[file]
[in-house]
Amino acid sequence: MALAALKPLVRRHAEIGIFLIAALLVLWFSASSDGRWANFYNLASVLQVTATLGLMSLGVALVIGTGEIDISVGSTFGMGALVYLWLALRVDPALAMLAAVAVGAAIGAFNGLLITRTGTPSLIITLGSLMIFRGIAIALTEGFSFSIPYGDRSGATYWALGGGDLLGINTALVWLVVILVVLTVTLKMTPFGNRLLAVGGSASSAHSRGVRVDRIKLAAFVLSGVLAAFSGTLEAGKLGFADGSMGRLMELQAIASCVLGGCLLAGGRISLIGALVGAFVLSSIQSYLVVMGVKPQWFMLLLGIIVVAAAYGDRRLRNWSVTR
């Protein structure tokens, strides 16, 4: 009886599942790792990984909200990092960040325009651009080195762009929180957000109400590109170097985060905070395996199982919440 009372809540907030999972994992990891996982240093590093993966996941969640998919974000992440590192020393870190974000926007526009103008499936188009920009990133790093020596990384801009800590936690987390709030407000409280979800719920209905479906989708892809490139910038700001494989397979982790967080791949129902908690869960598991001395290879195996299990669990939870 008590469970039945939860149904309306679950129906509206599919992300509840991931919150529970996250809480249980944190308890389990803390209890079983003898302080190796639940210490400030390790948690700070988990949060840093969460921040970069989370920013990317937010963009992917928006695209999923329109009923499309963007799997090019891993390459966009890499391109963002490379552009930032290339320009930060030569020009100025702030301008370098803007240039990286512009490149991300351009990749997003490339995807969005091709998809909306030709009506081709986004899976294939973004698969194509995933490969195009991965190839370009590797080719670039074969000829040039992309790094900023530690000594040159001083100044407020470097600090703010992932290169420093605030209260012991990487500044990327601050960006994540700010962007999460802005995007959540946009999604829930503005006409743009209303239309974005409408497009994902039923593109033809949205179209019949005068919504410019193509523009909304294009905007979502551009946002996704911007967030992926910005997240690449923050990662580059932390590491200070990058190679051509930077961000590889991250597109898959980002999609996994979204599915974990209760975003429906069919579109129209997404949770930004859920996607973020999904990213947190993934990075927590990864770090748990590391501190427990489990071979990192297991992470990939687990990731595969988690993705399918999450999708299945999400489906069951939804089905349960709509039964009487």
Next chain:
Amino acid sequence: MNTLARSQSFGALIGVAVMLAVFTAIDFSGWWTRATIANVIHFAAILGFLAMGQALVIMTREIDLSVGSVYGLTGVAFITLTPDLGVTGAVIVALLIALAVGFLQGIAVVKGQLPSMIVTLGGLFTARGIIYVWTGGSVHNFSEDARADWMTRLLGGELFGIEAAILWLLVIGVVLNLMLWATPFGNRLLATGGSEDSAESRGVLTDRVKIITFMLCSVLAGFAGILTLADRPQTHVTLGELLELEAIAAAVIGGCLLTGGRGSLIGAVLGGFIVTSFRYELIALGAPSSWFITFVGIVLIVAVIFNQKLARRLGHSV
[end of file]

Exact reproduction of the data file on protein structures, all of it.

[in-house]
Amino acid sequence: MALAALKPLVRRHAEIGIFLIAALLVLWFSASSDGRWANFYNLASVLQVTATLGLMSLGVALVIGTGEIDISVGSTFGMGALVYLWLALRVDPALAMLAAVAVGAAIGAFNGLLITRTGTPSLIITLGSLMIFRGIAIALTEGFSFSIPYGDRSGATYWALGGGDLLGINTALVWLVVILVVLTVTLKMTPFGNRLLAVGGSASSAHSRGVRVDRIKLAAFVLSGVLAAFSGTLEAGKLGFADGSMGRLMELQAIASCVLGGCLLAGGRISLIGALVGAFVLSSIQSYLVVMGVKPQWFMLLLGIIVVAAAYGDRRLRNWSVTR
């Protein structure tokens, strides 16, 4: 009886599942790792990984909200990092960040325009651009080195762009929180957000109400590109170097985060905070395996199982919440 009372809540907030999972994992990891996982240093590093993966996941969640998919974000992440590192020393870190974000926007526009103008499936188009920009990133790093020596990384801009800590936690987390709030407000409280979800719920209905479906989708892809490139910038700001494989397979982790967080791949129902908690869960598991001395290879195996299990669990939870 008590469970039945939860149904309306679950129906509206599919992300509840991931919150529970996250809480249980944190308890389990803390209890079983003898302080190796639940210490400030390790948690700070988990949060840093969460921040970069989370920013990317937010963009992917928006695209999923329109009923499309963007799997090019891993390459966009890499391109963002490379552009930032290339320009930060030569020009100025702030301008370098803007240039990286512009490149991300351009990749997003490339995807969005091709998809909306030709009506081709986004899976294939973004698969194509995933490969195009991965190839370009590797080719670039074969000829040039992309790094900023530690000594040159001083100044407020470097600090703010992932290169420093605030209260012991990487500044990327601050960006994540700010962007999460802005995007959540946009999604829930503005006409743009209303239309974005409408497009994902039923593109033809949205179209019949005068919504410019193509523009909304294009905007979502551009946002996704911007967030992926910005997240690449923050990662580059932390590491200070990058190679051509930077961000590889991250597109898959980002999609996994979204599915974990209760975003429906069919579109129209997404949770930004859920996607973020999904990213947190993934990075927590990864770090748990590391501190427990489990071979990192297991992470990939687990990731595969988690993705399918999450999708299945999400489906069951939804089905349960709509039964009487």
Next chain:
Amino acid sequence: MNTLARSQSFGALIGVAVMLAVFTAIDFSGWWTRATIANVIHFAAILGFLAMGQALVIMTREIDLSVGSVYGLTGVAFITLTPDLGVTGAVIVALLIALAVGFLQGIAVVKGQLPSMIVTLGGLFTARGIIYVWTGGSVHNFSEDARADWMTRLLGGELFGIEAAILWLLVIGVVLNLMLWATPFGNRLLATGGSEDSAESRGVLTDRVKIITFMLCSVLAGFAGILTLADRPQTHVTLGELLELEAIAAAVIGGCLLTGGRGSLIGAVLGGFIVTSFRYELIALGAPSSWFITFVGIVLIVAVIFNQKLARRLGHSV